An adamant yes was expressed concerning the communication of EV driving to other road users. As many as 88 respondents out of 91 were positive toward pre-alerting vehicle drivers who are approaching an incident or crash scene, and 47 respondents out of 78 were positive towards sending out EVA-messages. This is well in line with the ongoing technical development tom facilitate emergency vehicle driving. When suggesting situations or places where EVA-messages are not appropriate, most concern was expressed about limited road choices and complex or crowded traffic situations. The two respondents from the police force suggested to avoid situations where they are under anonymous missions. Apparently, more research is needed in this area and for cost efficiency and safety it would be suitable to use driving simulators (Skoglund, Bolling, Åsberg, & Reichenberg, 2015; Burke, Salas, & Kincaid, 2001; Lundälv, Philipson, & Sarre, 2010),
One consideration regarding the method worth more attention in future studies, is that participants were mainly paramedics or from the fire brigade and the police force is underrepresented in this sample, which is a natural consequence of visiting these specific conferences. It would be interesting to collect more data also from participants from the police force.
6. Conclusions and future work
The most difficult situations for emergency vehicle drivers are vehicles in front suddenly braking and failure in other vehicle drivers noticing the emergency vehicle. Desired behaviour in other road users is to yield to the right and if braking, brake smoothly. Most urgent to train in a driving simulator is city traffic with congestion, queues, obstacles and limited view, and other road users’ reactions, unexpected behaviour and panic braking. Participants were in general very satisfied with the realism in both simulator setup and situations, and suggest more interaction within scenarios, and developed feedback to the driver on stress and performance. The attitude towards communication of EV driving to other road users is positive, regarding both pre-alerting drivers who are approaching an incident or crash scene and sending out EVA messages. VTI will continue the user-involved agile work with the emergency driving simulator. There are also plans for a continuation of the Nordic Way 2 project and for other projects looking at how to present EVA messages to both manually driven and automated cars. A national project has also been initiated to examine possible inclusion of driving simulators as part of the driving test.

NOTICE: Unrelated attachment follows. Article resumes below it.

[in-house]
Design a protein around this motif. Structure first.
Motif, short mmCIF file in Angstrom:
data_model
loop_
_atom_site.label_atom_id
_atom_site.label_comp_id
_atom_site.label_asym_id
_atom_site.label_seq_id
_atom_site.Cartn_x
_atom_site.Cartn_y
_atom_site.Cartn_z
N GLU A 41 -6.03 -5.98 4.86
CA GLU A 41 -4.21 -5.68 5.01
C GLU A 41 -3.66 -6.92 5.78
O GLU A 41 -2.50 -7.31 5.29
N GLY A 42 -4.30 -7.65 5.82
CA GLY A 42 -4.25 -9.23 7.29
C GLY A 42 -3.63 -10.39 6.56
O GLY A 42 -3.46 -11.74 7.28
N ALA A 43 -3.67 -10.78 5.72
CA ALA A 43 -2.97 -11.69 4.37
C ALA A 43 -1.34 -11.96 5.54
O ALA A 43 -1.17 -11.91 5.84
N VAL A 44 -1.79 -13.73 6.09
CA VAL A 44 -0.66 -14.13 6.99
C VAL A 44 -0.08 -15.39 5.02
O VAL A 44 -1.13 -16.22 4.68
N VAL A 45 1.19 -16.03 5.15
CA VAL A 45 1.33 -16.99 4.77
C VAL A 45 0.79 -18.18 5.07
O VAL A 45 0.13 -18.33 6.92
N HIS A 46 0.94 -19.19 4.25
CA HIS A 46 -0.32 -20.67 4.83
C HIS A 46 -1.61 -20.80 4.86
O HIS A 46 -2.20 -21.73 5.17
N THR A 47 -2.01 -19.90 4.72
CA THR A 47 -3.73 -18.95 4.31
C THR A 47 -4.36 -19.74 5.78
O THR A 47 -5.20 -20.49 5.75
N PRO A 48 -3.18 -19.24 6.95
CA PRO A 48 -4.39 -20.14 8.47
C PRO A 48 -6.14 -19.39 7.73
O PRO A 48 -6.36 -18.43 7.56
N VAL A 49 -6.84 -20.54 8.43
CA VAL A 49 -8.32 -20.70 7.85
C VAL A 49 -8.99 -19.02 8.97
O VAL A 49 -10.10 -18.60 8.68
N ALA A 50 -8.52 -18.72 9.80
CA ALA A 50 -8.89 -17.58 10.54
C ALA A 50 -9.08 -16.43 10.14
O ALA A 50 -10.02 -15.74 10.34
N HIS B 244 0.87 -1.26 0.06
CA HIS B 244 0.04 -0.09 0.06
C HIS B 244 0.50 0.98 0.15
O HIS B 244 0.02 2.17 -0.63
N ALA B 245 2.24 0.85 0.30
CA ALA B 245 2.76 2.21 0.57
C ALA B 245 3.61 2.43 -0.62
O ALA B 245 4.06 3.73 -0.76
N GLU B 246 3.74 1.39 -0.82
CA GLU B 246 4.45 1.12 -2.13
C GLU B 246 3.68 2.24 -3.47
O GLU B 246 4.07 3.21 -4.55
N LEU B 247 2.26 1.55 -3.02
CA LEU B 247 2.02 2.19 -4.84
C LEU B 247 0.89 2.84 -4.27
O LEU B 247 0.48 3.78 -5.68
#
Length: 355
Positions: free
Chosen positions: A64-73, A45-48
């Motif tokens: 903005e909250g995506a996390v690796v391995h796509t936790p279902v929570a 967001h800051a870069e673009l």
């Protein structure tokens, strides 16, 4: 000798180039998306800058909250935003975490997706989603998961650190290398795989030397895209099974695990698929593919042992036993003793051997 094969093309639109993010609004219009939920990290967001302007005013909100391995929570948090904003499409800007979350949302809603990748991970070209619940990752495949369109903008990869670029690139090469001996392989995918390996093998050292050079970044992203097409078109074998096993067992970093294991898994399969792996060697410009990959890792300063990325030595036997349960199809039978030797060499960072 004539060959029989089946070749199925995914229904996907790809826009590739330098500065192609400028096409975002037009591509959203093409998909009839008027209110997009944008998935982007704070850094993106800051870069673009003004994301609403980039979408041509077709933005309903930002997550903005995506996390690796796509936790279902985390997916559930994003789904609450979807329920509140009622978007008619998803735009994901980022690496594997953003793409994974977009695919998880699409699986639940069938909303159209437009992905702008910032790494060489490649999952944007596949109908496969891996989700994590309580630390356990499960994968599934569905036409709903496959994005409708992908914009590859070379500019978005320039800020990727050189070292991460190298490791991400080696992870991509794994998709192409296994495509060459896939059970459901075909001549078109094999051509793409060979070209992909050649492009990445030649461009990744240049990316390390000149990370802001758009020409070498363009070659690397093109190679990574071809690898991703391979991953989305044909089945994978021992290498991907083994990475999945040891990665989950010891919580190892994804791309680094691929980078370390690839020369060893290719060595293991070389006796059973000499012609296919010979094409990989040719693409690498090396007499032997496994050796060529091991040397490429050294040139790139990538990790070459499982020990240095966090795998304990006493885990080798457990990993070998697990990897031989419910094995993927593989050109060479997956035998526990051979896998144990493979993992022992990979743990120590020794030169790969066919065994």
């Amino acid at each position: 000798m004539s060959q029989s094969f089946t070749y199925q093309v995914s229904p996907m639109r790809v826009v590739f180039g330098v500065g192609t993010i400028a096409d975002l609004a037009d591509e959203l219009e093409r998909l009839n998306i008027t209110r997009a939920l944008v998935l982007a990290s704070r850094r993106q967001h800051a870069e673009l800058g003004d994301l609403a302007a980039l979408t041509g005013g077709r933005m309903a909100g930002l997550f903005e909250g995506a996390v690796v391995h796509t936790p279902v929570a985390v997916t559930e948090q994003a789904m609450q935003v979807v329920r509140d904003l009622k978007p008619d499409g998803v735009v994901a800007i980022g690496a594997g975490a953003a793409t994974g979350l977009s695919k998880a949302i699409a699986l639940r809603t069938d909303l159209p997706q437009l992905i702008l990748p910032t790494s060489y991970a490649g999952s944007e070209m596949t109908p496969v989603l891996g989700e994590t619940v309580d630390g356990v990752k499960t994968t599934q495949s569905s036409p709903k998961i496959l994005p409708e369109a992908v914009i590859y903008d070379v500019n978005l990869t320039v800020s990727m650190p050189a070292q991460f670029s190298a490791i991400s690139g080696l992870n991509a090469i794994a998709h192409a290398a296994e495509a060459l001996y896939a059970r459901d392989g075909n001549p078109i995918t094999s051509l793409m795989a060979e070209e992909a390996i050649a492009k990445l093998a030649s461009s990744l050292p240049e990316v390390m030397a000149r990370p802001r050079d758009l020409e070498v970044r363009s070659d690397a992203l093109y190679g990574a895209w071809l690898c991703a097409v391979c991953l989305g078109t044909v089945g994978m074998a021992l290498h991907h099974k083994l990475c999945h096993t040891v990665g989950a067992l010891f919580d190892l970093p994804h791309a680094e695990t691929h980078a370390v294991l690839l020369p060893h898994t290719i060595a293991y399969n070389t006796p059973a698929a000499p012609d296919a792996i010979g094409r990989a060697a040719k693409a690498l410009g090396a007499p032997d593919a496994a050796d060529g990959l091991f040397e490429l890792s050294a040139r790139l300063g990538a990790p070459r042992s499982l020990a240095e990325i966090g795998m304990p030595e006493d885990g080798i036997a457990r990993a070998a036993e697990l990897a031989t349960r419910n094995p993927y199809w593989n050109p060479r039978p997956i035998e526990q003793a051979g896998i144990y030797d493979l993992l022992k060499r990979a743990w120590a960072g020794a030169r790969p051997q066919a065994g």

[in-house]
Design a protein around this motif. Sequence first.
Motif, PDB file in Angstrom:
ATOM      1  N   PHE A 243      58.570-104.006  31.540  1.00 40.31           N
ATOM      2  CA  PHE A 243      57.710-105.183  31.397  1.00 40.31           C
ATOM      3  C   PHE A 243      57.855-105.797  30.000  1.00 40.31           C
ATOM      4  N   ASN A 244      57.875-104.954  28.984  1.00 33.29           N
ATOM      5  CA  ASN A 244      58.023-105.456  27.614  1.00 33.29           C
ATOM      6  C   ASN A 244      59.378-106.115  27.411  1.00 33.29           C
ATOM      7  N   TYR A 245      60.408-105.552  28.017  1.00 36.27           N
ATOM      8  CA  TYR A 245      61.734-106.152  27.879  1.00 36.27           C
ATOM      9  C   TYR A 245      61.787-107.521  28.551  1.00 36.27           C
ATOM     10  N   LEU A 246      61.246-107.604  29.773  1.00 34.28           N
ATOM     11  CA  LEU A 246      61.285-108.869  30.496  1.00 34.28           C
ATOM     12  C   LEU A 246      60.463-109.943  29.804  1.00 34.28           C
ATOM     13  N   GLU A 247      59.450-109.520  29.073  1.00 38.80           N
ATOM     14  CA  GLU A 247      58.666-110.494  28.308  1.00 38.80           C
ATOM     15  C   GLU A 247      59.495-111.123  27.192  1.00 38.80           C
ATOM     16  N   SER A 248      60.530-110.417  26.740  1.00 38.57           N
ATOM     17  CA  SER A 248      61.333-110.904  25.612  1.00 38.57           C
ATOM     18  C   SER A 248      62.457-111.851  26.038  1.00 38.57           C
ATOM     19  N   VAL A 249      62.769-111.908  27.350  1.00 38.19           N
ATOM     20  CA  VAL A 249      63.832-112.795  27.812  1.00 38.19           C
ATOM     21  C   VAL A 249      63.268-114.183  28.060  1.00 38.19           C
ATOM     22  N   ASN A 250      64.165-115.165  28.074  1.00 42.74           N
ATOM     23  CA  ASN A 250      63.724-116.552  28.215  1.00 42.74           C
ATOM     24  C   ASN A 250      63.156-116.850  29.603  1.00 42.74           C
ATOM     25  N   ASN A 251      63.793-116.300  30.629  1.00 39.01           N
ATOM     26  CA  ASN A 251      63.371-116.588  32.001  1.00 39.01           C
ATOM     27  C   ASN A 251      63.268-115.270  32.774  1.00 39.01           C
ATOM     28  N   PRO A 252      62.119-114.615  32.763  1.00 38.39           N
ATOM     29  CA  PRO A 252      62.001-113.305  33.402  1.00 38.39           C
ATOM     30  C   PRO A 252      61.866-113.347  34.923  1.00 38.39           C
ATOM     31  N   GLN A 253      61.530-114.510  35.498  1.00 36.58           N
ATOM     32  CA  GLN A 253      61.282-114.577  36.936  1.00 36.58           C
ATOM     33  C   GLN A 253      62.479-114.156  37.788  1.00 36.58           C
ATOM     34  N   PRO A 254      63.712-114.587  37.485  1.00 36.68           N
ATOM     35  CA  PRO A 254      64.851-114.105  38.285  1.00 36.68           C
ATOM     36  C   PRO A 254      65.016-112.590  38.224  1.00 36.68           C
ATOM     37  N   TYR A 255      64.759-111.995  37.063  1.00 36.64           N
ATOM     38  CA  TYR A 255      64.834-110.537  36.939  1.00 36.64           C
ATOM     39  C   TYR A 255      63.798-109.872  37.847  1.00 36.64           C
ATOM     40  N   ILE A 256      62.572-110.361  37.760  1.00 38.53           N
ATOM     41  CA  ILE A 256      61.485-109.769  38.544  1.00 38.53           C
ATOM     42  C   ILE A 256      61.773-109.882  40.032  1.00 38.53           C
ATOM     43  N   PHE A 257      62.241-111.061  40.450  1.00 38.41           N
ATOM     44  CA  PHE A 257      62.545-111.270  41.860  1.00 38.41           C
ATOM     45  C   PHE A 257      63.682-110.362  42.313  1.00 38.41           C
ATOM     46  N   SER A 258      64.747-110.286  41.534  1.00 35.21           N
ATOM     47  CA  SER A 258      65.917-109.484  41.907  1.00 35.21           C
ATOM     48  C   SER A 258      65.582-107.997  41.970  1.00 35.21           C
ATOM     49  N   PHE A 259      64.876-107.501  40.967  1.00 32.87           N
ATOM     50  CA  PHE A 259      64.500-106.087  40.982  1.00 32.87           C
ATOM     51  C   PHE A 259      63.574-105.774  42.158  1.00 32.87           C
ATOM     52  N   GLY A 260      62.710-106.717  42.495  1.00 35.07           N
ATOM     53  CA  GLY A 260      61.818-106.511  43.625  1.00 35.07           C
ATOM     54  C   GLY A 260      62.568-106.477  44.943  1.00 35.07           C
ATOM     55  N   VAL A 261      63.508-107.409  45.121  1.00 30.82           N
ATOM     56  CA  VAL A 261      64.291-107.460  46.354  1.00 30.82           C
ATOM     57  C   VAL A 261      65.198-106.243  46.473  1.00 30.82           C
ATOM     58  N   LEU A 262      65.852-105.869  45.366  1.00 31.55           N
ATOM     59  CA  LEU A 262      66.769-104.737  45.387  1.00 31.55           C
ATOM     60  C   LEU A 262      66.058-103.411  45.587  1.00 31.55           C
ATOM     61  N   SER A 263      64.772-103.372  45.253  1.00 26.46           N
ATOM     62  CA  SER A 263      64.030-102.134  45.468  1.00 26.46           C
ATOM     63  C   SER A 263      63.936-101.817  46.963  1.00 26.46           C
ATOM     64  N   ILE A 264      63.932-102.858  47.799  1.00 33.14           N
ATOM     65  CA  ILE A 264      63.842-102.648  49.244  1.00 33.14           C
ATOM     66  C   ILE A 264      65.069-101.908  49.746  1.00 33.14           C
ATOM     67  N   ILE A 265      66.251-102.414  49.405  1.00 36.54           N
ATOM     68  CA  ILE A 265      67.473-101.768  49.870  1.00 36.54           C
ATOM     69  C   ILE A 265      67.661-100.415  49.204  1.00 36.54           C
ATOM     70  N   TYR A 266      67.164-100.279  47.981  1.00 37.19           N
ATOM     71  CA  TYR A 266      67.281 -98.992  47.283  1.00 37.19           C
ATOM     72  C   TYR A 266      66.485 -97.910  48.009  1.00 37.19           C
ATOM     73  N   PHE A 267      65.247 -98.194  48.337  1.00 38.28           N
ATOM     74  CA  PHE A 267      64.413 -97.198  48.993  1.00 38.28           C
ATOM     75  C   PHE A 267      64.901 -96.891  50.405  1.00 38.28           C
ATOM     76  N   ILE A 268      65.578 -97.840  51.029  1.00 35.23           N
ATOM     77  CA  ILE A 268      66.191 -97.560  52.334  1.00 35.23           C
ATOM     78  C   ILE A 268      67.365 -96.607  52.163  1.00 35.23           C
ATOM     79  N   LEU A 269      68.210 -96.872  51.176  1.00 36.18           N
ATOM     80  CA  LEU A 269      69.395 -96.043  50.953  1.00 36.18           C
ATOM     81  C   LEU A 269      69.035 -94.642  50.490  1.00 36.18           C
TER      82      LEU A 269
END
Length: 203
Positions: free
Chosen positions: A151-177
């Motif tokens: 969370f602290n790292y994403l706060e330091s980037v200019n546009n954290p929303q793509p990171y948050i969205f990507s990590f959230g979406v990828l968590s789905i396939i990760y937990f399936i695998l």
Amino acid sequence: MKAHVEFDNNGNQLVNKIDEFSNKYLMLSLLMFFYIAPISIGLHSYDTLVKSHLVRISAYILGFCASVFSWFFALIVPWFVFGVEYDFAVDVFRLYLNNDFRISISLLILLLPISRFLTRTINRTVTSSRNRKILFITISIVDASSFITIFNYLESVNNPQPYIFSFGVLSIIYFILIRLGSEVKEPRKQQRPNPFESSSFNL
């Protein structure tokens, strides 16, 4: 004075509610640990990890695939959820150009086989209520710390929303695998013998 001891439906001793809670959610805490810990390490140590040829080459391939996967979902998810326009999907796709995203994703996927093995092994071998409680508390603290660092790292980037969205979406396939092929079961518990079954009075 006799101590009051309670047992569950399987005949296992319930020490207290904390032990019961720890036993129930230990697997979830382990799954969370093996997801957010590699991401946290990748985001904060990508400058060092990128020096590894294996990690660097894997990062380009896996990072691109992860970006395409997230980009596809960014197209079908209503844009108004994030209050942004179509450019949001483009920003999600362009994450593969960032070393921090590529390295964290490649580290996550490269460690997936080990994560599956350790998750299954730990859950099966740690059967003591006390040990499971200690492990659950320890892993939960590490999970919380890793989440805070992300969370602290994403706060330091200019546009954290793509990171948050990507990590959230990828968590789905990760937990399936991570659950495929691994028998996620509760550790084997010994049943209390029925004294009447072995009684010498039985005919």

This work was funded by the EU project Nordic Way 2 (CEF call 2016-EU-TM-0051-S) and by the National Road Administration R&D project “Simulator-based training of emergency vehicle driving”. We are grateful to the respective contacts Arne Lindeberg, and Ruggero Ceci, both at the Swedish National Road Administration. We also wish to thank our colleagues at VTI: Christina Stave for drafting a first version of the questionnaire, Björn Lidestam for collaboration during data collection, and Pontus Tell and Maja Rothman for data entry and help with administration of the questionnaire. We are also grateful to Arne Johansson and Gustav Danielsson for development of the two simulator rigs, and to Andreas Jansson and Kristoffer Jäsperi for simulator software development.